HC makes JNU’s freedom square out of bound for protesting students

Hindustan Times | By, New Delhi
Mar 27, 2017 10:51 AM IST

Delhi High Court on Thursday ordered that the protesting students must stay at least 100 metres away from the administrative building of JNU, near where the popular protest site is situated. The students are protesting against a 2016 UGC notification

‘Freedom Square’, a popular protest site at Jawaharlal Nehru University (JNU), will be inaccessible for students with the Delhi High Court on Thursday stating that peaceful protest in the university should be held but not within 100 meters of the administrative block.

Students at JNU are protesting against the adoption of a UGC notification, which according to them will cut seats in MPhil and PhD.(Sonu Mehta/HT Photo)
Students at JNU are protesting against the adoption of a UGC notification, which according to them will cut seats in MPhil and PhD.(Sonu Mehta/HT Photo)

The court also directed the city police to ensure that the vice chancellor of JNU and other officials are not stopped from entering or exiting the varsity’s administrative block by students protesting against a 2016 UGC notification, which changes the admission policy of the university.

Read: JNU admissions: MPhil, PhD rules don’t follow 2016 UGC notification, HC told

Justice Sanjeev Sachdeva said any protest at the university should be held peacefully but not within 100 metres of the administrative block and ordered the Delhi Police to ensure compliance of the two directions by using its officers, if necessary.

The court, however, directed the police to sensitise its officers about the manner in which they have to deal with students, in case of any untoward incident.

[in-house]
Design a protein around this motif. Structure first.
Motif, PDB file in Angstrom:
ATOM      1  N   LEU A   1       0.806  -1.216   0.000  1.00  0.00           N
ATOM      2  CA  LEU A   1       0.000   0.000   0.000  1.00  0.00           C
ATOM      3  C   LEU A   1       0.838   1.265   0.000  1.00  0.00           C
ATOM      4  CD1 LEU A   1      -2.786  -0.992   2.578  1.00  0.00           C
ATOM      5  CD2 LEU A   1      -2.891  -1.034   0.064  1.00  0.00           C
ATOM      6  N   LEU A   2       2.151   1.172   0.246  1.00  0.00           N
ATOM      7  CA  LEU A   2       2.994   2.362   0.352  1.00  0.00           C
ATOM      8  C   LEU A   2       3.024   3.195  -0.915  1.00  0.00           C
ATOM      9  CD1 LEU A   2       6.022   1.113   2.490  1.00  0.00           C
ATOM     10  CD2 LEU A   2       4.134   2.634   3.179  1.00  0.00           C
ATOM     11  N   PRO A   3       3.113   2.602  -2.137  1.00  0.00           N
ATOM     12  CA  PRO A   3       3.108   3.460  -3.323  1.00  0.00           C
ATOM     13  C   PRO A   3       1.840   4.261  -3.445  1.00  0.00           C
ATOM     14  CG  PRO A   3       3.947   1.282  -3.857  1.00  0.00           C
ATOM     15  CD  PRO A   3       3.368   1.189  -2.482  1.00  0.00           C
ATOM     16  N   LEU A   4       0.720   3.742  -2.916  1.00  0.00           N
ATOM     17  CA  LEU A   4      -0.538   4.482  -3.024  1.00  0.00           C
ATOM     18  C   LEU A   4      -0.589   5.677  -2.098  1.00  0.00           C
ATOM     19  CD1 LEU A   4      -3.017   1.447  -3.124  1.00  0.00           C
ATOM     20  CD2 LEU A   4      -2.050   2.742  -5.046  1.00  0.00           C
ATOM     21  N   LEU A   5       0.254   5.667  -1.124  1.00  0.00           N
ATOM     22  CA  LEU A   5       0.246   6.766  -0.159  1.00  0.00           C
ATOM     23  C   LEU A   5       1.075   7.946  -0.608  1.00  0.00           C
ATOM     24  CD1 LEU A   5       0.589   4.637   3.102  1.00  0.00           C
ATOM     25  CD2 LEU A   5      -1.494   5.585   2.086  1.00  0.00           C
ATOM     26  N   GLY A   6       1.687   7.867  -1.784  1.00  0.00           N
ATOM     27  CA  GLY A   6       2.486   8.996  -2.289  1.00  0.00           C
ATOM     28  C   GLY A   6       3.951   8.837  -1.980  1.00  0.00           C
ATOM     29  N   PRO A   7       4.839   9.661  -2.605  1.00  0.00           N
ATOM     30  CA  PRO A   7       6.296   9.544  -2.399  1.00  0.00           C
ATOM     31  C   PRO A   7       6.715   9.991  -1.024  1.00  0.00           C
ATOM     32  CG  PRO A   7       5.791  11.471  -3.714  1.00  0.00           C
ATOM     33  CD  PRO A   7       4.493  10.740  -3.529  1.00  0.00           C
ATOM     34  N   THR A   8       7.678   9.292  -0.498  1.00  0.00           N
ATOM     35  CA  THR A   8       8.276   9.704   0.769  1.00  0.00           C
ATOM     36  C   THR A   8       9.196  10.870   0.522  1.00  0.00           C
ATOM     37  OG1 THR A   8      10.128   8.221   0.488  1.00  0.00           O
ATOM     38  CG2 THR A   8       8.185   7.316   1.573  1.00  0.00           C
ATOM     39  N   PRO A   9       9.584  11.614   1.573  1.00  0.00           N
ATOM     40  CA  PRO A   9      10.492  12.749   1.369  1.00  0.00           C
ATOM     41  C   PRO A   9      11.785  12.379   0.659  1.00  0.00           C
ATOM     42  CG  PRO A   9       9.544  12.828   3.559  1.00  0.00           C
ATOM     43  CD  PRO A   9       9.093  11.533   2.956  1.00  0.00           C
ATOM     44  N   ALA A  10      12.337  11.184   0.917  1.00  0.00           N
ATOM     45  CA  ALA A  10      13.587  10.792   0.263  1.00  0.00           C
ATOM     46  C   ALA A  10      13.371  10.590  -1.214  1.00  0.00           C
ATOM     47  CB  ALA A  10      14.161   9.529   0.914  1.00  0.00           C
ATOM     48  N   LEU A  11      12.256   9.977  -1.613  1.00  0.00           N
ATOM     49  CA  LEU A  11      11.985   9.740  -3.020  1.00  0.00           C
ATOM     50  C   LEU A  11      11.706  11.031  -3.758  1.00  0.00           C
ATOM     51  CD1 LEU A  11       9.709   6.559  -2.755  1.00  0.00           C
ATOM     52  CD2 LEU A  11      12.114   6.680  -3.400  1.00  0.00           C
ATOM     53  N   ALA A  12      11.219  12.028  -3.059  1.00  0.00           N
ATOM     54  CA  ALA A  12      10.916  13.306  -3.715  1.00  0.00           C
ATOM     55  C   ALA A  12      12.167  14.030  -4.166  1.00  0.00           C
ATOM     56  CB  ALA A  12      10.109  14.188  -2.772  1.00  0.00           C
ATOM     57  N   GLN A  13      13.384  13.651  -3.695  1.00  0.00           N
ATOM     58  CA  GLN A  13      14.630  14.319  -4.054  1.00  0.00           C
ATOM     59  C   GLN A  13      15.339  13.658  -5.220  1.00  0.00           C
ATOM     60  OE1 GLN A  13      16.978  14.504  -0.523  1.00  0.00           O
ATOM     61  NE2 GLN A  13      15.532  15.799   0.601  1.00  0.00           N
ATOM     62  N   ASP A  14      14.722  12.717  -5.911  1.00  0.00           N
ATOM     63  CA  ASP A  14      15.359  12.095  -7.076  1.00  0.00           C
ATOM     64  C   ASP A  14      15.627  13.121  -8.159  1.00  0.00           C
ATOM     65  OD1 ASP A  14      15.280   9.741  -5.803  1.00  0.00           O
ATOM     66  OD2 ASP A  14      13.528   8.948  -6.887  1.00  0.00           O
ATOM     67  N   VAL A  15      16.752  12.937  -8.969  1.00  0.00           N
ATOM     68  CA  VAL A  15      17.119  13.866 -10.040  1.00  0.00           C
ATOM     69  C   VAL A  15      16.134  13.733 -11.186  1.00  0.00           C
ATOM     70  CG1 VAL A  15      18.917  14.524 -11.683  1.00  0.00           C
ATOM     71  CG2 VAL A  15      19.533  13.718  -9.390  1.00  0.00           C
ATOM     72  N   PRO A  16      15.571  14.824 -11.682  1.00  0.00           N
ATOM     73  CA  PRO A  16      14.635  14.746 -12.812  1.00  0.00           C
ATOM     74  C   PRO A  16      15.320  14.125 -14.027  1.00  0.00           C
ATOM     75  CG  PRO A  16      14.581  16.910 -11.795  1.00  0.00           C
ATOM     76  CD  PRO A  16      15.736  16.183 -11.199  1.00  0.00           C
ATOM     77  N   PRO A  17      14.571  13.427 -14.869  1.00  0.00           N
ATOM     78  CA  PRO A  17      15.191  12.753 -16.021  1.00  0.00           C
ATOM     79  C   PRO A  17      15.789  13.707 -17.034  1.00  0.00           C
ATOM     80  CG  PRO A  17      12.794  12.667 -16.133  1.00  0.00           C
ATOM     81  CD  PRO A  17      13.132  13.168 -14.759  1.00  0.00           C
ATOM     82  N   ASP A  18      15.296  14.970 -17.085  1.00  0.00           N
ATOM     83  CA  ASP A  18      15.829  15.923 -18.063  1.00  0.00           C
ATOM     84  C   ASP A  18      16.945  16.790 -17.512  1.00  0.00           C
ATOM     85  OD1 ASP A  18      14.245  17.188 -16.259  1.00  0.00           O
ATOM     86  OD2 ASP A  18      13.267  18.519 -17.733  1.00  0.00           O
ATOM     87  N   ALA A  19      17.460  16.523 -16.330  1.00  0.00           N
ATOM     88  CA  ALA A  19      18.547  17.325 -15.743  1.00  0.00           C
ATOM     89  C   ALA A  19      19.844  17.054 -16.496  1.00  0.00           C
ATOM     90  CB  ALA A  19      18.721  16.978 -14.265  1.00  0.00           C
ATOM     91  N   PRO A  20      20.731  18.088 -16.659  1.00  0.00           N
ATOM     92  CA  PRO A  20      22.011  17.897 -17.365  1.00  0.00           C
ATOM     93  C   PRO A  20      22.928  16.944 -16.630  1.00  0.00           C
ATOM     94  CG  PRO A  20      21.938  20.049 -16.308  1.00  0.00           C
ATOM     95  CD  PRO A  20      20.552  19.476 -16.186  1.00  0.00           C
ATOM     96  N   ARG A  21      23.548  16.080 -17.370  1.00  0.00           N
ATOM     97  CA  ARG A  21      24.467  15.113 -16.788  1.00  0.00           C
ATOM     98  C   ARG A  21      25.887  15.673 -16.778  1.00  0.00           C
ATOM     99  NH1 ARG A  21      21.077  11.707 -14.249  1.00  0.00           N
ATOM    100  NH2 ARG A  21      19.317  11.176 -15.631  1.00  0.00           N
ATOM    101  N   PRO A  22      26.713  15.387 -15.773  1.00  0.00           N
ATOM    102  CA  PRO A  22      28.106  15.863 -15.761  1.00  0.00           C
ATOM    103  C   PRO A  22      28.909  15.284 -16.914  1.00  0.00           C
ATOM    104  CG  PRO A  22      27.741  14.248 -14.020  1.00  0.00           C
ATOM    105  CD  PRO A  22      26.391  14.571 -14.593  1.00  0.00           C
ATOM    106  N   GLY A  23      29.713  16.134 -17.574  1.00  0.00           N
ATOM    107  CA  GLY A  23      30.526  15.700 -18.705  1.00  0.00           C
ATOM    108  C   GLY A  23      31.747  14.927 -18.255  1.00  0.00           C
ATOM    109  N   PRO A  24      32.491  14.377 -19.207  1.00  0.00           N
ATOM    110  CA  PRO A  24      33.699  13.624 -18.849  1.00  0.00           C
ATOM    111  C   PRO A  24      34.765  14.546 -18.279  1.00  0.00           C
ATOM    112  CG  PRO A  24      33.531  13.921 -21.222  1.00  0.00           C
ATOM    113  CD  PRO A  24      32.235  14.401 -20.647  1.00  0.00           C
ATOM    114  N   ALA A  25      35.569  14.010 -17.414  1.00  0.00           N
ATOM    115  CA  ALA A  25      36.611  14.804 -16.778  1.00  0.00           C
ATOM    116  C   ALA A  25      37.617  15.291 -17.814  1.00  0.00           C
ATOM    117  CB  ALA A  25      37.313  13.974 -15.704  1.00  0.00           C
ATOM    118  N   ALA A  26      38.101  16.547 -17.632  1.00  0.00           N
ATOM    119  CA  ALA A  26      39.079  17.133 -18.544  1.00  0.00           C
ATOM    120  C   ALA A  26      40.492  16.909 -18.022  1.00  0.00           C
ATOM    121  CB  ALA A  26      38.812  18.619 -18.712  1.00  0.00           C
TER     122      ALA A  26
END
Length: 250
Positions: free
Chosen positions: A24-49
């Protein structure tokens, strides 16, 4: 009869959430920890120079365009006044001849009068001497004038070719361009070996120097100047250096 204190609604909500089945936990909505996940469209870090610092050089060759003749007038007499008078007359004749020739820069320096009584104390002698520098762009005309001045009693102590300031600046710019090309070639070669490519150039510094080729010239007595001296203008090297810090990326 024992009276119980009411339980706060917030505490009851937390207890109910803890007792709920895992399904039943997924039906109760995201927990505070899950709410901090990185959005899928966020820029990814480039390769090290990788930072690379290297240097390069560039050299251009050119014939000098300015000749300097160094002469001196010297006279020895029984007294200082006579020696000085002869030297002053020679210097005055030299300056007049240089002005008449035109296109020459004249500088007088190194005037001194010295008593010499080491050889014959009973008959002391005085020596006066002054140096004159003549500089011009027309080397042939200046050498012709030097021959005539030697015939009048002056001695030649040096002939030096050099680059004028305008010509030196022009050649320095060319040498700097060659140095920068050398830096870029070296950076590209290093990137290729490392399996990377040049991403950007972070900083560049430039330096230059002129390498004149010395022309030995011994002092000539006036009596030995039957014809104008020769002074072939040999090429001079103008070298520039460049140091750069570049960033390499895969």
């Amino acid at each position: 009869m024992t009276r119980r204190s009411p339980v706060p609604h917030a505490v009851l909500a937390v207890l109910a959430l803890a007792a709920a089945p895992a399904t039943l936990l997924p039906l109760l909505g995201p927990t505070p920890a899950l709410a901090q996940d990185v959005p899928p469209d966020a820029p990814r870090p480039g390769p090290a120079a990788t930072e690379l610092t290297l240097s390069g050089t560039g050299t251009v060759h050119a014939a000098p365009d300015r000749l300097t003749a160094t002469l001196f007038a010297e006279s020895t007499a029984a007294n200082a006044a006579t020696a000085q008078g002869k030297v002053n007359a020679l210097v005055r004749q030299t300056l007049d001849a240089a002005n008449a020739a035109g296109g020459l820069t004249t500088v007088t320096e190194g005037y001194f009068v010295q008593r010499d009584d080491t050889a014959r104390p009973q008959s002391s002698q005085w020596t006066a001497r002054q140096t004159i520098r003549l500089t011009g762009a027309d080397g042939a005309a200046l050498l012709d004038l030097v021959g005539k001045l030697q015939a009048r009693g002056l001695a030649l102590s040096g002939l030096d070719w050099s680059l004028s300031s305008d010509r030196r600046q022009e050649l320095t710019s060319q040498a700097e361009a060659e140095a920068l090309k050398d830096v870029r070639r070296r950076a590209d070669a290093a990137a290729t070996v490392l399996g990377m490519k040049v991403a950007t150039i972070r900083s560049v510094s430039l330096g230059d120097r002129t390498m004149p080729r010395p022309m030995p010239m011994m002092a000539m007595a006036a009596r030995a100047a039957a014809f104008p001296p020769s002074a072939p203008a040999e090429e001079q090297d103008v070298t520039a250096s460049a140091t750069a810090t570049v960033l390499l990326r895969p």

Two parking spots, the stairs of the administrative building and the area around it, earned the name of ‘Freedom Square’ following a February 9 incident last year when alleged anti-national slogans were allegedly raised at a function for Parliament attack convict Afzal Guru. However, students claimed that they have always used the area to hold protests, whether it was the issue of Rohith Vemula, or fellowship cut-down by UGC or against hostel crunch.

In December last year, the university had installed iron grilles at the protest sites and had also set a distance limit for “democratic protests” by students. Students were told to stay 20 meters away from the administrative building while staging any protests, the university said in a notice.

Read: Discover Delhi: Inside Umar Khalid’s hostel room in JNU

JNU registrar Pramod Kumar said they had originally asked for a restriction order limiting protests within 200 meters of the administrative building. “The stairs and area nearby is part of the admin building. Students can protest at other sites such as the area behind Kamal complex or at Teflas where the JNUSU office is,” he said.

JJNU students’ union (JNUSU) president Mohit Pandey said, “We have the right to protest. These are attempts by the V-C to take away this right. We will fight the legal and political battle to get our rights.”

The court also issued notice to the Jawaharlal Nehru University Students Union (JNUSU) and sought presence of their office bearers on the next date to explain the reason for their agitation.

The court was of the view that “the issue pertains to a university and the relation between the university and students” and the problem should be resolved by dialogues and mediation and not by adjudication.

“I feel, the issue instead of being strictly adjudicated, should be resolved by the way of dialogue, mediation and counselling,” the judge said.

Read: Delhi: FIR against more than 10 JNU students after VC approaches police

The students are protesting the recent amendments made in the JNU admission policy which capped the number of students per supervisor in M.Phil and Ph.D courses.

The JNU administration, which had come to court against the blocking of its administrative block by agitating students, said the “university will install CCTV cameras in and around the administrative building” to step up security.

The court directed JNU to preserve 30 days of footage of the cameras and to make it available to the local police, if required or demanded by them.

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